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Jets GM Joe Douglas looking for the super success he had with Eagles

New York Jets new general manager Joe Douglas

New York Jets new general manager Joe Douglas speaks to the media during a press conference at the Atlantic Health Jets Training Center in Florham Park, NJ, on Tuesday, Jun 11, 2019 Credit: Brad Penner

Joe Douglas renewed old acquaintances before Thursday night’s Jets-Eagles preseason game, as the Jets’ newly minted general manager chatted up his former colleagues on the field. He spent some time with Eagles GM Howie Roseman, coach Doug Pederson and other coaches and players from an organization that won a Super Bowl two seasons ago, when Douglas was with the team.

Douglas runs the show now with the Jets, and what he learned from his time in Philadelphia will be hugely important in how he goes about building — and rebuilding — his new team.

Roseman was a tremendous influence on Douglas during their time together in Philadelphia, and the Eagles’ front-office boss imparted plenty of valuable lessons to his former lieutenant.

One of the most crucial: Be aggressive.

Roseman reinvented himself after losing some power during the ill-fated Chip Kelly era in Philadelphia, and his roster moves formed the foundation of an eventual championship team. It was Roseman who maneuvered up the draft board in 2016 to get Carson Wentz with the second overall pick, and he also was instrumental in bringing in Nick Foles as Wentz’s backup. Both moves paid off handsomely in 2017, with Wentz playing at an MVP-caliber level until he was felled by a knee injury and Foles doing a spectacular job in relief up to and including Super Bowl LII.

Douglas was part of the Eagles’ brain trust, and he has a Super Bowl ring for his effort. He now hopes to create a championship roster with the Jets and no doubt will be a major factor in whether this team takes the next step in becoming a playoff team . . . and perhaps a championship team.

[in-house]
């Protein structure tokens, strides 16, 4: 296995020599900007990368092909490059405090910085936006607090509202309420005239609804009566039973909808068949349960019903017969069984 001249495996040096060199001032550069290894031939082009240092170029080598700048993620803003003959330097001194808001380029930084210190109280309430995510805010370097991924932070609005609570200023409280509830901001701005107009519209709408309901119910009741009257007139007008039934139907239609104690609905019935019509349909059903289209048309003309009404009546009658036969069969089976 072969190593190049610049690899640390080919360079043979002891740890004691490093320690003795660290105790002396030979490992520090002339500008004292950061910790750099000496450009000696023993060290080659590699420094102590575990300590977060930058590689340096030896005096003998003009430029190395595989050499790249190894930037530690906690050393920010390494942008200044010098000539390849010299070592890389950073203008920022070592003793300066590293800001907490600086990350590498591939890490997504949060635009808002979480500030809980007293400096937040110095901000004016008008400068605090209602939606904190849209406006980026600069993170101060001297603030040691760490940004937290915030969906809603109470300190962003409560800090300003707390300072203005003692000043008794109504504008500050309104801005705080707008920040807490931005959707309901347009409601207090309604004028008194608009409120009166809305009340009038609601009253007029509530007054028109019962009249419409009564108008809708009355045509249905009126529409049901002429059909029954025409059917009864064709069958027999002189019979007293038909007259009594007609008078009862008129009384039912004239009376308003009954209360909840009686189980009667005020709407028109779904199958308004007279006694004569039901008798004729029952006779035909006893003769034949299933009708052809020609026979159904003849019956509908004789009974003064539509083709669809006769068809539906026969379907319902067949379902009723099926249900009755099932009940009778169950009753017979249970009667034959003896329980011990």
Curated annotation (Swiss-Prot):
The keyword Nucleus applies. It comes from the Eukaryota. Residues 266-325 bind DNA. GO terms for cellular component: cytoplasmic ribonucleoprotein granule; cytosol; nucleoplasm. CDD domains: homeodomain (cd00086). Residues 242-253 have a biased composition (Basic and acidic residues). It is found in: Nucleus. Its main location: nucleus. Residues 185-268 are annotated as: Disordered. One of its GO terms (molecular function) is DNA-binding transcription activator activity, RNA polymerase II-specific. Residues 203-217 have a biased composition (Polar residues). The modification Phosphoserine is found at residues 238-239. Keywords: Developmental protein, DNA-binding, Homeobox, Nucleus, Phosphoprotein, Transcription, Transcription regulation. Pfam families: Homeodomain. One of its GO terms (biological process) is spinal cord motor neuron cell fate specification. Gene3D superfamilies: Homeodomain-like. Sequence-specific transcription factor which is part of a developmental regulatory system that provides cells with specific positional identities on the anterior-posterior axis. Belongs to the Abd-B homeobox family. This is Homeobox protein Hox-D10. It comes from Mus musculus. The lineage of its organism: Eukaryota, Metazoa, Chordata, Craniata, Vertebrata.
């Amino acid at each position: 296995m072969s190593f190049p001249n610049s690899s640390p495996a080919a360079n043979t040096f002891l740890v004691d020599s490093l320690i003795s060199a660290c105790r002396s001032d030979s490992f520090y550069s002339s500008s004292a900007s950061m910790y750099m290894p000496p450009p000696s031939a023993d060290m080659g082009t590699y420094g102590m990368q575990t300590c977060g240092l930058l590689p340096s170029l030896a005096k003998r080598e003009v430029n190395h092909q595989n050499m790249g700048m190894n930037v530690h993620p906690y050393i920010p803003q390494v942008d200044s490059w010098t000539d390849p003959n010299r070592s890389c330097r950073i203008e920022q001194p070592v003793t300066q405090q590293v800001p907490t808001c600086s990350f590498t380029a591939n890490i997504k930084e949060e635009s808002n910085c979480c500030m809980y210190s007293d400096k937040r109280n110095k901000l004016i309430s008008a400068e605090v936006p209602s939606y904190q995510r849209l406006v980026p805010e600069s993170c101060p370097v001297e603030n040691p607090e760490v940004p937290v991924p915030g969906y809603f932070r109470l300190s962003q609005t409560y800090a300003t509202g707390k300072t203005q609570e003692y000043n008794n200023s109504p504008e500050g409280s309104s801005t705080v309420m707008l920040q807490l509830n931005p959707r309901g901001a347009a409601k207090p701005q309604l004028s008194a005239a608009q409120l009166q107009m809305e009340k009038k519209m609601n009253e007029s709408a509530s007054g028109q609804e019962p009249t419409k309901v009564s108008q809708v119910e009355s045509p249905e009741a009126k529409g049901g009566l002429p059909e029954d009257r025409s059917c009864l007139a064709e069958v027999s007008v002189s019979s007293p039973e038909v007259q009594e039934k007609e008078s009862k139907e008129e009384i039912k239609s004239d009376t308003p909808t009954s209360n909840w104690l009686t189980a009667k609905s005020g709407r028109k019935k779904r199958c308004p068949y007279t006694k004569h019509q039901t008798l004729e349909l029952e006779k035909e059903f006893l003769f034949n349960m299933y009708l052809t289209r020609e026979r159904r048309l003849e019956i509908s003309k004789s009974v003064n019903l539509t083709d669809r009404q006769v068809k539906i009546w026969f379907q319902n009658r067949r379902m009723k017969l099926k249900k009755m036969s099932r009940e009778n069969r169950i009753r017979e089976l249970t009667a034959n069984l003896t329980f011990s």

Douglas inherited much of the current roster from former GM Mike Maccagnan, but he already has put his imprint on the team. He lured former Panthers center Ryan Kalil out of retirement, traded for Ravens guard Alex Lewis, signed former Texans tight end Ryan Griffin and traded for Colts cornerback Nate Hairston.

There almost certainly will be more to come before the Jets’ roster is finalized in time for the opener against the Bills.

Douglas indicated last week that he was happy with the current roster, but there is no question he’ll look to upgrade. He reportedly has made an inquiry into trading for Texans holdout defensive end Jadeveon Clowney, who has yet to sign his franchise tender.

Douglas has said he’d like to upgrade at edge rusher — the Jets drafted Jachai Polite, but he’s been a disappointment — so the Clowney interest isn’t a complete surprise. The one huge risk of dealing for him: He’d be working on a one-year deal.

Douglas may have a decision to make at kicker. He signed free agent Taylor Bertolet after the unexpected retirement of Chandler Catanzaro, but Bertolet has been inconsistent. He has missed two extra points, and on Thursday, he missed field goals from 53, 56 and 49 yards. You have to believe Douglas will find someone else before the opener.

With rosters being cut to 53 on Saturday, Douglas figures to be among the most active. He still needs more depth at cornerback, and in addition to a pass rusher, he can use linebacker depth after Avery Williamson’s season-ending injury and Brandon Copeland’s four-game ban.

There is plenty to like about what Maccagnan left behind, especially Sam Darnold, Jamal Adams and new addition Le’Veon Bell.

Darnold has looked particularly impressive, and perhaps Douglas will see the kind of improvement in him that he saw from Wentz in his second year. He took a gigantic step forward in 2017 and was on his way to an 11-2 record and the playoffs before being hurt in Week 14.

The Jets don’t have the quality around Darnold that the Eagles had around Wentz, especially on defense, but there’s at least a decent nucleus.

Douglas now has the chance to show his old boss and former colleagues in Philadelphia if he has the right stuff to make it big here. There’s plenty of work to be done, much of it in the coming days.

  

  

  

  

  

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